Home News Shifting Wins – Will Wade’s Favorite Formula

Shifting Wins – Will Wade’s Favorite Formula

Will Wade picked up his first win as VCU head coach and will face former fellow Rams assistant Mike Jones Monday night as the Rams face the Radford Highlanders.

Peeking over the last slices of pumpkin pie, a daunting opening slate of December games loomed above the VCU Rams.  

The ominous schedule featured three consecutive contests away from the raucous confines of the Siegel Center, before the Rams would return home to play host to a Top-25 opponent aiming to exact revenge.  

The apprehension was justified.

VCU managed to outlast Middle Tennessee State for a hard-fought, if not disjointed, road victory before dropping the next three games.  A 1-3 slide that not only blemished the tournament resume but also exposed a team, in the midst of transition, searching for identity.  

At times during that span the Rams’ play was as ineffective as it was lackluster.  Offensively, both their .908 points per possession and 39.7 effective field goal percentage would crater at a sub-340 level of basketball.

It would be difficult to imagine a team playing less efficiently.  

Yet just two weeks ago, in the shadow of that trying four game stretch, VCU head coach Will Wade reaffirmed faith that the Rams were close.

“I know what we’re doing now is going to work.  We’ve got the right formula now…we’ve just got to do it better.”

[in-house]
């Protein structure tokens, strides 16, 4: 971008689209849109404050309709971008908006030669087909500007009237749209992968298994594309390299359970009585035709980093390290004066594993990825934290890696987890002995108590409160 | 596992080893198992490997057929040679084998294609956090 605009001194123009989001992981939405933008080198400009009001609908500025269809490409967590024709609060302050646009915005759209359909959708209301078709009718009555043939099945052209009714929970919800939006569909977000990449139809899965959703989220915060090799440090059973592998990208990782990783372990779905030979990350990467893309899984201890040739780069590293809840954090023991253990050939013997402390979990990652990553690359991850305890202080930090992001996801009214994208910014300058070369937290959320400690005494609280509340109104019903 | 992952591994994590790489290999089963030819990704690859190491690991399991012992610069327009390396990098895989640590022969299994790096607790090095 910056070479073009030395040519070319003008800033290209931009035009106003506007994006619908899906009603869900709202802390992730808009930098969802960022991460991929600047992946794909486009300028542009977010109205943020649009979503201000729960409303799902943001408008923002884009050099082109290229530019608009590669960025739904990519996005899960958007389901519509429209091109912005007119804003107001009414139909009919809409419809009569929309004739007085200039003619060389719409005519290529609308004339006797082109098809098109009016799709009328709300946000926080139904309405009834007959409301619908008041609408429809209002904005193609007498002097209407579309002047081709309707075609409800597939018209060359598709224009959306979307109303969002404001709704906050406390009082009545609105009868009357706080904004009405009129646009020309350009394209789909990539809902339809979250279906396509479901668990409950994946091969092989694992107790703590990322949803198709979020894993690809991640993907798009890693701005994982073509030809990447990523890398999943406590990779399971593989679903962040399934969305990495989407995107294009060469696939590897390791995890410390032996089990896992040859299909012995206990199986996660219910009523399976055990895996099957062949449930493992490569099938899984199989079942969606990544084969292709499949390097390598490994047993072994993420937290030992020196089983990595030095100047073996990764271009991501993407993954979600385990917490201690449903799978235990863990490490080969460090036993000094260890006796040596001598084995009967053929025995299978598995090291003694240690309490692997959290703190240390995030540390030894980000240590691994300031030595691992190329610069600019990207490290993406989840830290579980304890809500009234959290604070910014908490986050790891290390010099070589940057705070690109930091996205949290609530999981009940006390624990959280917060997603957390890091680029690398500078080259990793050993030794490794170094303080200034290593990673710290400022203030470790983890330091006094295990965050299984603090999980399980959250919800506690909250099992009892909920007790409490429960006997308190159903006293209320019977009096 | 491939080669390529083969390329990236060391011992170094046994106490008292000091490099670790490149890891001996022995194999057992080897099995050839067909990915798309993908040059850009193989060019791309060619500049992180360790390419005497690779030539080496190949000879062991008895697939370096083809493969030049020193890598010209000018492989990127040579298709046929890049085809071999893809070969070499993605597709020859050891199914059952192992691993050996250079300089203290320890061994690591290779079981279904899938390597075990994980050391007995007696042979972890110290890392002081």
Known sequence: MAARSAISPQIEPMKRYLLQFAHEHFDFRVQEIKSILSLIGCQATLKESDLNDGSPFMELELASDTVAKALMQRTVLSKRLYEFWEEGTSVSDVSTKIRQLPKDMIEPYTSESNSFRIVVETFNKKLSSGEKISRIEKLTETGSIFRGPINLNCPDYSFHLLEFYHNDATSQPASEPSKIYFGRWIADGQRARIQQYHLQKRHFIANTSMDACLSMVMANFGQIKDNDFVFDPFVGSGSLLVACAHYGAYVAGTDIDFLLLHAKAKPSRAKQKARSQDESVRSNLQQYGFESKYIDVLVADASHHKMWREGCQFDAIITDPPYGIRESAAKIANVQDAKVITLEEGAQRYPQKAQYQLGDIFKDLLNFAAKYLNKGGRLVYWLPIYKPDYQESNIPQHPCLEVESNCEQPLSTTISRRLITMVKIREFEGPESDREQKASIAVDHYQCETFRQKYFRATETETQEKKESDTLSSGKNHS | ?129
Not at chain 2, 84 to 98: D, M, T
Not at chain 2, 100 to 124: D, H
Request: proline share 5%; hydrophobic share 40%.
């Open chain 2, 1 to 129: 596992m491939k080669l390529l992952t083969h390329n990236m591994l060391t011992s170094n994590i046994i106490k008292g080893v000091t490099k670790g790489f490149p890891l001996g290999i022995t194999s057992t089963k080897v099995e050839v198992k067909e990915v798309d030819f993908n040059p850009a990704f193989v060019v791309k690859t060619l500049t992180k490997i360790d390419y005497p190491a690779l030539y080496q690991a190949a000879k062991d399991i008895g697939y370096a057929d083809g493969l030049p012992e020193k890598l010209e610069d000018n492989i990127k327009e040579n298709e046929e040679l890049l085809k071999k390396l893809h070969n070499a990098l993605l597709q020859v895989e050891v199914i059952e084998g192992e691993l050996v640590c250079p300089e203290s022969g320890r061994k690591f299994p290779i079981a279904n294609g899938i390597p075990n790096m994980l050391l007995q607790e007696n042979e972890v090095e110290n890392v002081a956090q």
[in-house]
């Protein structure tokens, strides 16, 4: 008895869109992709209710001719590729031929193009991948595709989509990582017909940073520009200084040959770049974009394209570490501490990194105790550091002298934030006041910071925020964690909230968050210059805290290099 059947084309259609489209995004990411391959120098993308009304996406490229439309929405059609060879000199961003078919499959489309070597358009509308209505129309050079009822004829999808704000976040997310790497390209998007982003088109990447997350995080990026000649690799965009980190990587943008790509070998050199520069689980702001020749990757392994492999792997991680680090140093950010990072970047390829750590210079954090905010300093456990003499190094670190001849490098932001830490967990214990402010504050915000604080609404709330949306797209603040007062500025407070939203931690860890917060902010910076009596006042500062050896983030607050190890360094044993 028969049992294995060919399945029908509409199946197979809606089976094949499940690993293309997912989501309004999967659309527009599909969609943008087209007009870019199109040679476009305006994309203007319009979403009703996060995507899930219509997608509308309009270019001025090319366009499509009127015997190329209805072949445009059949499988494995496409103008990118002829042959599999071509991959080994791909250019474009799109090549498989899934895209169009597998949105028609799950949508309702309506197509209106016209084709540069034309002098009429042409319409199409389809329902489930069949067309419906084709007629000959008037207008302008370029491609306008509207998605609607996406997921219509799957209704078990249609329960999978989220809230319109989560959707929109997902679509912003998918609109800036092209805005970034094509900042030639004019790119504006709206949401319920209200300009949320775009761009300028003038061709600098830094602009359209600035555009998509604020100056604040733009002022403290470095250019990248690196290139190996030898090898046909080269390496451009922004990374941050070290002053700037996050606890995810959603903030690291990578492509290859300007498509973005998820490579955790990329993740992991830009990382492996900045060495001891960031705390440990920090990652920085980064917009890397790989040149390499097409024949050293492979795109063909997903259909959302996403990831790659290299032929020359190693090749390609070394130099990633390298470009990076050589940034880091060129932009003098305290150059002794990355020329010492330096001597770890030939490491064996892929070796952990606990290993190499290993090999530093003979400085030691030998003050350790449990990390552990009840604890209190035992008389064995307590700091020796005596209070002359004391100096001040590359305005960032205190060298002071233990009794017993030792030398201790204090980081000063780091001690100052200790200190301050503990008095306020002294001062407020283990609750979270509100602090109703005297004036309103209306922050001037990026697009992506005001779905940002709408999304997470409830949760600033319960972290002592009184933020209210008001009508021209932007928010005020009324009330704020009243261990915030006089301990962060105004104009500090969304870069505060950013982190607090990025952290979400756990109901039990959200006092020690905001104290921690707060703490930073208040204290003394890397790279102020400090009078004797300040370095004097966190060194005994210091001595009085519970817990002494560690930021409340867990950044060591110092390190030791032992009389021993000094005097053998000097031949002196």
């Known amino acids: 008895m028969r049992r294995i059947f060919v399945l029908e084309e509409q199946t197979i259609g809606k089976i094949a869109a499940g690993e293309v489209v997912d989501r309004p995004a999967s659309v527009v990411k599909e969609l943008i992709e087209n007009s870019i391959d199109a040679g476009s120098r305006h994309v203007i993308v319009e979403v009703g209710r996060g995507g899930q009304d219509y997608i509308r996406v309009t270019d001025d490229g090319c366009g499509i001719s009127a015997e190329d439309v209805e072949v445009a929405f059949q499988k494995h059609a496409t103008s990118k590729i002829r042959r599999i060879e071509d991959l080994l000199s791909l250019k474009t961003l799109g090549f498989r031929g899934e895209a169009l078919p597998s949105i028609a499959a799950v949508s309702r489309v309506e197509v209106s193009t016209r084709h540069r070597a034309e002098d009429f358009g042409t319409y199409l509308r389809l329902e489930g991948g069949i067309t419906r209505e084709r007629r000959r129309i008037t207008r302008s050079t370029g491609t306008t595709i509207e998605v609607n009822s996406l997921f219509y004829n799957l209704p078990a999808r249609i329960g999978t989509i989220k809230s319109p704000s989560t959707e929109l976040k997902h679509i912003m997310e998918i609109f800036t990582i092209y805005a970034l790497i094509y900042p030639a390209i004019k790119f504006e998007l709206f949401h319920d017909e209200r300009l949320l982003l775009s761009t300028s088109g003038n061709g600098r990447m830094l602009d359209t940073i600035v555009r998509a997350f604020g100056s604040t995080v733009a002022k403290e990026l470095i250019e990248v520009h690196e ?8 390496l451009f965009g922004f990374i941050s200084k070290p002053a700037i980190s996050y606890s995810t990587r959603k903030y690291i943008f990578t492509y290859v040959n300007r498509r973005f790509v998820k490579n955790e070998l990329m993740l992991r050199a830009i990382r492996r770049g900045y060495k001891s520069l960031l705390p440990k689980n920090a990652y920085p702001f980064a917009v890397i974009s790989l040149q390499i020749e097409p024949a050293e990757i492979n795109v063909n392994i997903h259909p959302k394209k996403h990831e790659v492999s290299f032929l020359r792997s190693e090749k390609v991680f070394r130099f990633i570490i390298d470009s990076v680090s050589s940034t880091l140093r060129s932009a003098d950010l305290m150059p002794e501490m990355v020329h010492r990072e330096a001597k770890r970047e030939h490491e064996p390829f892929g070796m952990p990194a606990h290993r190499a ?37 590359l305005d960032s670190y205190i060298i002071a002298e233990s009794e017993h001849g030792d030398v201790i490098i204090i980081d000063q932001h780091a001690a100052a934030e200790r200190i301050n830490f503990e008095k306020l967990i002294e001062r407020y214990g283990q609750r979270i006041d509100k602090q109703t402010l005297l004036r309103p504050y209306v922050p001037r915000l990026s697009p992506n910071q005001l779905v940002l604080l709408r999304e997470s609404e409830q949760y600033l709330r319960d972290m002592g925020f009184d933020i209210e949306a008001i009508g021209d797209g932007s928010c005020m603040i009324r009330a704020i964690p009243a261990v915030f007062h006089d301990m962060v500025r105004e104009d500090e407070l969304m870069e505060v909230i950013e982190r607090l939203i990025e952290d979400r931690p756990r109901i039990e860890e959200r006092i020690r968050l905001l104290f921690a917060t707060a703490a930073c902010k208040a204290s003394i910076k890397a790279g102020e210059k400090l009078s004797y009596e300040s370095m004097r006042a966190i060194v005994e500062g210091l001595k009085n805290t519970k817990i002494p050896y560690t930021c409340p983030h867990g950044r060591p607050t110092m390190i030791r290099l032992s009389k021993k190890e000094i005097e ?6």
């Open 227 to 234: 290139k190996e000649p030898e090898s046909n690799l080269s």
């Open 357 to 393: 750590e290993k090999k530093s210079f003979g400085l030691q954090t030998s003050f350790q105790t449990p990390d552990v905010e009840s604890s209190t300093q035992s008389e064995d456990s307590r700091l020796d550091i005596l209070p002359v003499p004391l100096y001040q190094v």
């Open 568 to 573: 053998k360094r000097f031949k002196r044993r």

“We’ve Got The Right Formula Now”

What the Rams are doing now, is exactly what Wade outlined in his introductory press conference when he took over the program in April – taking shots near the basket, shooting open 3-pointers, and getting to the free throw line.  Wade’s self-proclaimed “favorite formula” is also predicated on avoiding an excess of less efficient shots – i.e. 2-point attempts from distance.  

In that respect, Wade is introducing a healthier diet of shot consumption.  

Based on shot location data I have logged over the last two seasons, when compared to field goal attempts during the 2015 out of conference schedule, VCU has eliminated 27.3% mid to long-range 2-pointers, and increased looks near the rim by nearly 37.0%. 

Change In FGA Distribution
SO LONG, LONG 2s

 

A determined effort to probe the lane and get looks closer to the basket should pay dividends.  It represents an increased opportunity for the Rams to draw fouls and, as defenders turn their attention to the penetration, creates passing lanes to find open 3-point shooters. 

Since the day he arrived, Wade has been recognized as a coach informed by data – an “analytics guy” that uses numbers to find efficiency.  This particular allocation of field goal attempts is fundamental to that school of thought.  Given the apparent on court buy-in, it’s fair to recognize this shift as an indicator of early success in the Wade era.

“We’ve Just Got To Do It Better”

While the Wade Formula has produced a healthy distribution in shot selection, the Rams haven’t exactly optimized the returns.  Yet.

VCU Shot Chart – 2016 Out Of Conference Games
VCU Shot Chart – 2016 Out Of Conference Games